Courses offer information on avoiding dairy farm accidentsAgriculture ranks third in the total number of fatal work injuries behind construction and transportation/warehousing. It ranks first in the rate of non-fatal injuries per thousand workers and in this category it is more than double the rate of the next two industries, mining and transportation/warehousing.
Agriculture ranks third in the total number of fatal work injuries behind construction and transportation/warehousing. It ranks first in the rate of non-fatal injuries per thousand workers and in this category it is more than double the rate of the next two industries, mining and transportation/warehousing. Agriculture is a dangerous business and not only do we work in it but many involved live in it as well.
While all farm types have hazards, dairy farms have added hazards to which workers are exposed every day - livestock, machinery, wet surfaces, hazardous cleaning chemicals, occasional inclement weather, confined spaces, manure storage, and more. These all add up to the reason the Occupational Safety and Health Administration (OSHA) have begun taking a closer look at dairy farms in many areas of the country. While most industries are accustomed to OSHA rules and audits, it is rather new and unfamiliar to agriculture.
University of Minnesota Extension in cooperation with the Center for Dairy Farm Safety (University of Wisconsin-River Falls) is offering a series of two-day short courses around Minnesota. The purpose of these courses is to help dairy farmers more fully understand and identify the hazards that exist around their farms, and develop plans to make their farms a safer place to live and work. A final benefit is to help farms meet OSHA standards should they be audited.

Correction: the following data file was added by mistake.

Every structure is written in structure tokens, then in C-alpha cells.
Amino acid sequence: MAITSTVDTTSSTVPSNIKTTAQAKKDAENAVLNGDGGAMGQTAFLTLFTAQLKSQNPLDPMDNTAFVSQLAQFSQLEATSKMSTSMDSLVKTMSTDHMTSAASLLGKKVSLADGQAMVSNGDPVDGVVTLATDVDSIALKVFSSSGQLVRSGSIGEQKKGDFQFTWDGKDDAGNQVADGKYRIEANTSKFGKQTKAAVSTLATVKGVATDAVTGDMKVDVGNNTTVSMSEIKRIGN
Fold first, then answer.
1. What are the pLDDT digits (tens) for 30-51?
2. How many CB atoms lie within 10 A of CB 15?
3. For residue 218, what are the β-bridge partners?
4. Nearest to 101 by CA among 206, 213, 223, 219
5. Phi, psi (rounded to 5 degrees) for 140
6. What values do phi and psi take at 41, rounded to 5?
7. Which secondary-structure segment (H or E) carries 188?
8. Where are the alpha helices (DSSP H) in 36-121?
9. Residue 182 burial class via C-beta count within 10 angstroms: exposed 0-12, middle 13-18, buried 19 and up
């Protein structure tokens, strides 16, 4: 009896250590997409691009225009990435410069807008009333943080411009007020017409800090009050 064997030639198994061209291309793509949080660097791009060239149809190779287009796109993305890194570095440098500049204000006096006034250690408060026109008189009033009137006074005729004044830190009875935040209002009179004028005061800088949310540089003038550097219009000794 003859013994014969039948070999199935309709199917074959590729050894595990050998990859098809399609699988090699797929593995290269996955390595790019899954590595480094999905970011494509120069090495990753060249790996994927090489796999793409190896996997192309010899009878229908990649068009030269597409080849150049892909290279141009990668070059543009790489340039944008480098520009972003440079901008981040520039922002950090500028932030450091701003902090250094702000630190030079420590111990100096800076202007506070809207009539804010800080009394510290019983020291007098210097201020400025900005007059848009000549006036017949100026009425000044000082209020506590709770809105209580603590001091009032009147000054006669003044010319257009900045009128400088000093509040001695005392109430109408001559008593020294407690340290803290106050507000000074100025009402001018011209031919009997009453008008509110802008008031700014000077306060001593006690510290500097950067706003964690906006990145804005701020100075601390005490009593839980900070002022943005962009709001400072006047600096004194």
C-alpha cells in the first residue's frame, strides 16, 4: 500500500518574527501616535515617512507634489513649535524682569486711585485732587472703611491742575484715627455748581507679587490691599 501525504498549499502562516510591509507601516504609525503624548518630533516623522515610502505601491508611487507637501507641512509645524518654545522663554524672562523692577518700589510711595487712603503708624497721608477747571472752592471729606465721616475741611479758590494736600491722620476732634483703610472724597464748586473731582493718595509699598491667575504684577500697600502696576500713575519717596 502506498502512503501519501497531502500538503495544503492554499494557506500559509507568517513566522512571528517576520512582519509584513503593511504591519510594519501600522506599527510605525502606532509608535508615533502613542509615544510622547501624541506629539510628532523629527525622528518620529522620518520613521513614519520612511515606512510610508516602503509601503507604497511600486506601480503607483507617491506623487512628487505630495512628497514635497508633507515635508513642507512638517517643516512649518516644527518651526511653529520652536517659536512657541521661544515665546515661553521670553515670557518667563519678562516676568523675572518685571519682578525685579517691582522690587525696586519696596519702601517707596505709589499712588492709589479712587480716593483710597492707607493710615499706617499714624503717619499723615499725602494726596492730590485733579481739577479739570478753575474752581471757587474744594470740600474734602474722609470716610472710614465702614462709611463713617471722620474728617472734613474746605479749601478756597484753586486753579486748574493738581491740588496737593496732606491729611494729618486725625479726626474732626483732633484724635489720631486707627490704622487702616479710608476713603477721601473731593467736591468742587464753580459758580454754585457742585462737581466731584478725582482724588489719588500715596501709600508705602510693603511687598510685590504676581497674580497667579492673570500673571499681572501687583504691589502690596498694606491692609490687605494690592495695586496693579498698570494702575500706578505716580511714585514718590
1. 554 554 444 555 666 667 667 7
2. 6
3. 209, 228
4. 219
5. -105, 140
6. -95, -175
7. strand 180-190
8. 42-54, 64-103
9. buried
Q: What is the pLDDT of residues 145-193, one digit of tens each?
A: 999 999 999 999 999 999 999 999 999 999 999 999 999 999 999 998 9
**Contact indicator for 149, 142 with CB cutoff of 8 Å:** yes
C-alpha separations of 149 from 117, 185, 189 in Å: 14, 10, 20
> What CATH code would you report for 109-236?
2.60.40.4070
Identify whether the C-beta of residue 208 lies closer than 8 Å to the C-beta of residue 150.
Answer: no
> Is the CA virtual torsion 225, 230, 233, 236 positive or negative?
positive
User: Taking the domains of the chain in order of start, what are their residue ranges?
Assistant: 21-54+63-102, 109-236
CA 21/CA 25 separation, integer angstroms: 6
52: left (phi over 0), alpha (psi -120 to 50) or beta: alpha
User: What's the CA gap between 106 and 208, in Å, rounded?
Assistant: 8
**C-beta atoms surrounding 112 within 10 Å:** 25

The two-day short course will address the following topics:
Introduction to OSHA
Hazard Identification and Risk Assessment
Tractors and Farm Machinery
Hazards with Animal Handling
Hazards in Farm Structures
Personal Protective Equipment
These topics are common and may not look challenging, but one may be surprised what an audit looks at that is seldom considered in the day to day workings on the farm.
During the course, farmers will be developing outlines appropriate for a safety plan to implement on their own farms. Tools will be offered to comply with OSHA standards and, more importantly, make them safer.
The short course will be offered at the following locations and dates:
St. Cloud - February 12 & 19
333 W Division St
St. Cloud, MN 56301
Fergus Falls - February 13 & 20
Government Services Building (formerly the State Hospital grounds in the northwest corner of town)
520 W Fir Ave
Fergus Falls, MN 56537
McIntosh - February 14 & 21
Community Center - February 14th
City Hall - February 21st
McIntosh, MN 56556
Pipestone - March 12 & 13
Pipestone County EMS
811 5th St SE
Pipestone, MN 56164
Attendance both days is required for course completion. Each course will begin at 10:00 a.m. and conclude by 4:00 p.m. Lunch is included with registration.
The cost is $15.00 per person for both days. Registration can be done online at www.uwrf.edu/CenterForDairyFarmSafety or via phone at 715-425-3240.
This is a jointly sponsored program of University of Minnesota Extension, the Center for Dairy Farm Safety, the North Central Risk Management Education Center, and a Susan Harwood Training grant.